Read in a novel last night that the only cures for depression are exercise and helping others.
My own experience: helping others is an unreliable way to relieve depression.
I’m thinking also of the comment from Roger Ebert’s blog that I previously noted about how it’s a crime to make others less happy, and how all crime starts with making oneself unhappy. The way this works in real life is that most people act from wells of woundedness as well as from geysers of gratuitous generosity.
When my desire to help you springs from my woundedness, from my impulse to be healed, then the result, I’ve found — having been on both ends of the equation and an observer of the process — is often a deeper wound well, more unhappiness, less healing and joy. I think this is because if I help you in the hope and expectation that something good will happen because of my help, I am setting the stage for disappointment and resentment. It may not go as I envision. I may not feel as good as I hope. You may react to my help negatively. You may not acknowledge or notice my help. You may react positively but not as positively as I need. And so on. It can go wrong in so many ways.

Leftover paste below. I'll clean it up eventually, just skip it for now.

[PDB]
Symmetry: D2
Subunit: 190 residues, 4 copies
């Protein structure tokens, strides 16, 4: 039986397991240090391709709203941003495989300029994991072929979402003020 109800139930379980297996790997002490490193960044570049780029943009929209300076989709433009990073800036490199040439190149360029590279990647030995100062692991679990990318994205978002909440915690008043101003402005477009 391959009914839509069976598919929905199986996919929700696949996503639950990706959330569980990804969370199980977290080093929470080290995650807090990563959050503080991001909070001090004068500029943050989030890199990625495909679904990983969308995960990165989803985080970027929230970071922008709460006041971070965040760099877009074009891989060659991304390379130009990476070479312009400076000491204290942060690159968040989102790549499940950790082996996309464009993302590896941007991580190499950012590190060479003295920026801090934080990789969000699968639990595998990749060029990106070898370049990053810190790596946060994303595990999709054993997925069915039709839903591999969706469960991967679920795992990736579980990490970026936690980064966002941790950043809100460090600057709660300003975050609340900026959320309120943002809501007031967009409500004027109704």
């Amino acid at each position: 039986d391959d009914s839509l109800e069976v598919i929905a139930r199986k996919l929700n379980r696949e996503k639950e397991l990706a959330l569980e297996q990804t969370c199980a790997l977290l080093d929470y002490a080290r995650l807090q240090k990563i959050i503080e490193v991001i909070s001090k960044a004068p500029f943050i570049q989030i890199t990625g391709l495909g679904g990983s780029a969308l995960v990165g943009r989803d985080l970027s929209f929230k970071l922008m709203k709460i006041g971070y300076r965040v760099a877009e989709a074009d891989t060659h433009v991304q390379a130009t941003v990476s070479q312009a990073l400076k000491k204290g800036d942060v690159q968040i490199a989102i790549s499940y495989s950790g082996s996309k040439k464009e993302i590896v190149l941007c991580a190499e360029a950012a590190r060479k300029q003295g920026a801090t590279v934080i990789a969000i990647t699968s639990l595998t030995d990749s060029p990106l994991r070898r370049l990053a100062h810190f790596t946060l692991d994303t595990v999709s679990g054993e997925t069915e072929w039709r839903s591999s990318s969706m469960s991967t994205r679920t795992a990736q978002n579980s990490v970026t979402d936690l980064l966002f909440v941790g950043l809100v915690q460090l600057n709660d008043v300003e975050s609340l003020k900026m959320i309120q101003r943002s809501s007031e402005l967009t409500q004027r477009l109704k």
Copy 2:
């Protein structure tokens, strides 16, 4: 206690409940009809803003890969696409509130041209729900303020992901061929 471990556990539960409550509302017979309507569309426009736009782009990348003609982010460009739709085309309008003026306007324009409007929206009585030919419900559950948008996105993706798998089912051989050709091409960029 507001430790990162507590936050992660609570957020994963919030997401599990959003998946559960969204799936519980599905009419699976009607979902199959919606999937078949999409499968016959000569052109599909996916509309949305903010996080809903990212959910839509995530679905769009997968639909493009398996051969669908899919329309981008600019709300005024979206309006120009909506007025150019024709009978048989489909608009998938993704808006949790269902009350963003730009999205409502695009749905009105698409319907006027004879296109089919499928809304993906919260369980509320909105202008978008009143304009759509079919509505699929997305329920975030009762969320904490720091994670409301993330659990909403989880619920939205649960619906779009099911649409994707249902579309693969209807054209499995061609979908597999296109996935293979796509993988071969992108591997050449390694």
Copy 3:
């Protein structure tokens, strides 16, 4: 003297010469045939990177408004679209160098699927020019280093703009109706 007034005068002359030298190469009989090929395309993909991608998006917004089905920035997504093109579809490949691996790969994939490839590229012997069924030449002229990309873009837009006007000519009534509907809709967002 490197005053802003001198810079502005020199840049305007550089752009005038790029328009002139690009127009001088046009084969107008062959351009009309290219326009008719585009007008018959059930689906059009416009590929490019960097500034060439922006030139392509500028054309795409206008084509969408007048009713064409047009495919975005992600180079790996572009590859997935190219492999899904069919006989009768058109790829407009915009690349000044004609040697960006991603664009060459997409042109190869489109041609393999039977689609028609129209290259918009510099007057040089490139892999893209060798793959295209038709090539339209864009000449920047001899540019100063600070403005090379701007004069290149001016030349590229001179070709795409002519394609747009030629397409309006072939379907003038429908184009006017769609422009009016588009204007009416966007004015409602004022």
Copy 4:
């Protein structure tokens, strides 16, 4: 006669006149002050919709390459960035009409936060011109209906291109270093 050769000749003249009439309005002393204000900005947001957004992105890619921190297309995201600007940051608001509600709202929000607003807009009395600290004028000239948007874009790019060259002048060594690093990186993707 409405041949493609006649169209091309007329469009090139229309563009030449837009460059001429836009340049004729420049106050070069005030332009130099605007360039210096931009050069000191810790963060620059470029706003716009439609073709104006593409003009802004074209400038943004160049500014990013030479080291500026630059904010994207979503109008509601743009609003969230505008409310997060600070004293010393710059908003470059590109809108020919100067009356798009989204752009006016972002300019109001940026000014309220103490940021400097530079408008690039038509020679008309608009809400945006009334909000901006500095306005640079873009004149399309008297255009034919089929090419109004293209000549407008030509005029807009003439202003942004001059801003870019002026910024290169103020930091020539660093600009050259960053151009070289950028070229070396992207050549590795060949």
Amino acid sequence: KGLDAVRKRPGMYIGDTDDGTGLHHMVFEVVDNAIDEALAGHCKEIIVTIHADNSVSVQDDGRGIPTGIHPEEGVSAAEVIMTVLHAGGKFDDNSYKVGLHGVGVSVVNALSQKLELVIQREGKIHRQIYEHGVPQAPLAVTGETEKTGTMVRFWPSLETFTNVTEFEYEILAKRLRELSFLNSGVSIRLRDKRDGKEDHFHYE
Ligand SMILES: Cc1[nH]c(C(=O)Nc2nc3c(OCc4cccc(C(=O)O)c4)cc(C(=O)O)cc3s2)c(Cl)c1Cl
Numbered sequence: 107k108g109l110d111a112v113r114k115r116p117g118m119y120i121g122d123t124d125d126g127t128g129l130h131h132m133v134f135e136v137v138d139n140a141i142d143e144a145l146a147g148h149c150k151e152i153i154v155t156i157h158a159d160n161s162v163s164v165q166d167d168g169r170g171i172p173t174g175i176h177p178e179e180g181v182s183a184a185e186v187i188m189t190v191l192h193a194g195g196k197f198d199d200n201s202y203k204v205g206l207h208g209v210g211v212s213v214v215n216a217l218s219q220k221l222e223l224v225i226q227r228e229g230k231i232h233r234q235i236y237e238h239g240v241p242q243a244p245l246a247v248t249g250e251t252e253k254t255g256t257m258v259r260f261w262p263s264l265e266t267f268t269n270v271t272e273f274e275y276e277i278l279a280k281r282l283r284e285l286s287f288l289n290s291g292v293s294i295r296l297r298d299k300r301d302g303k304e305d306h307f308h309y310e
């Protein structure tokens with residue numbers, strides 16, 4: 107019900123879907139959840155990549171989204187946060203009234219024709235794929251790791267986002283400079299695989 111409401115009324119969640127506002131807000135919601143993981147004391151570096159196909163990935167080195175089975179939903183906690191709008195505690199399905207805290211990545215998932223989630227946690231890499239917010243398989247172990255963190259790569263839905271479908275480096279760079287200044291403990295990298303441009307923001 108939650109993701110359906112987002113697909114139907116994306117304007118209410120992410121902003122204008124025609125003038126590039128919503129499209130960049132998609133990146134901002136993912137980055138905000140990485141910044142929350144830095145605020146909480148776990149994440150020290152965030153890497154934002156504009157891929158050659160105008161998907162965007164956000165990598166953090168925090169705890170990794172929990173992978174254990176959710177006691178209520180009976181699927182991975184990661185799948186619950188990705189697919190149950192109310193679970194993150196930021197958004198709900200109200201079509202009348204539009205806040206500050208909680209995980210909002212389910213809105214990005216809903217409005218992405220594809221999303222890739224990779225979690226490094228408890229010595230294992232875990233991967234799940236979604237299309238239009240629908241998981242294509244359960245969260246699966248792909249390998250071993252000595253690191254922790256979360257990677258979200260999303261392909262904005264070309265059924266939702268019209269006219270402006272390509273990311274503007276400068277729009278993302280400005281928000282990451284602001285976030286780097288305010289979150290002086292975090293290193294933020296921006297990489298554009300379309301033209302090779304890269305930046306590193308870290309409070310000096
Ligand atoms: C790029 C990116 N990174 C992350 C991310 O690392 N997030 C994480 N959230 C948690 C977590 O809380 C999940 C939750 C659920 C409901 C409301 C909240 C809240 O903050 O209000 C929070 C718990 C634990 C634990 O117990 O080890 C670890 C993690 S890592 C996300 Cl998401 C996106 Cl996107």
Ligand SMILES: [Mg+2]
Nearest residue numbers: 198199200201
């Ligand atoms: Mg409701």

This is not a reason not to help others. It’s a suggestion that it may help to be clear about where the urge to help and heal comes from, and a suggestion to not necessarily rely on it as a depression cure.
Exercise, on the other hand, has never failed (except when I’ve been on the verge of the flu) to make me feel emotionally lighter, friendlier, more open, less burdened. This is true when I exercise outside — walking in town, in woods, on the beach — and absorb the creative healing that nature itself can provide, and it occurs even when I work out with weights inside, as I do most days.
I think exercise is a depression cure (or treatment, rather) to the extent that it’s meditative, that it’s a focused distraction from dwelling on and in anxiety, fear, grief, resentment, bitterness, regret, sadness. Just a half-hour break is enough. When I exercise I’m transported in a way that I rarely am when helping someone else. All I have to attend to is the movement, instead of another person’s anticipated or perceived response to me, instead of wondering what damage I’m doing as I try to heal.
P.S. Daphne Merkin writes an interesting account of her most recent bout with severe depression in the NYT.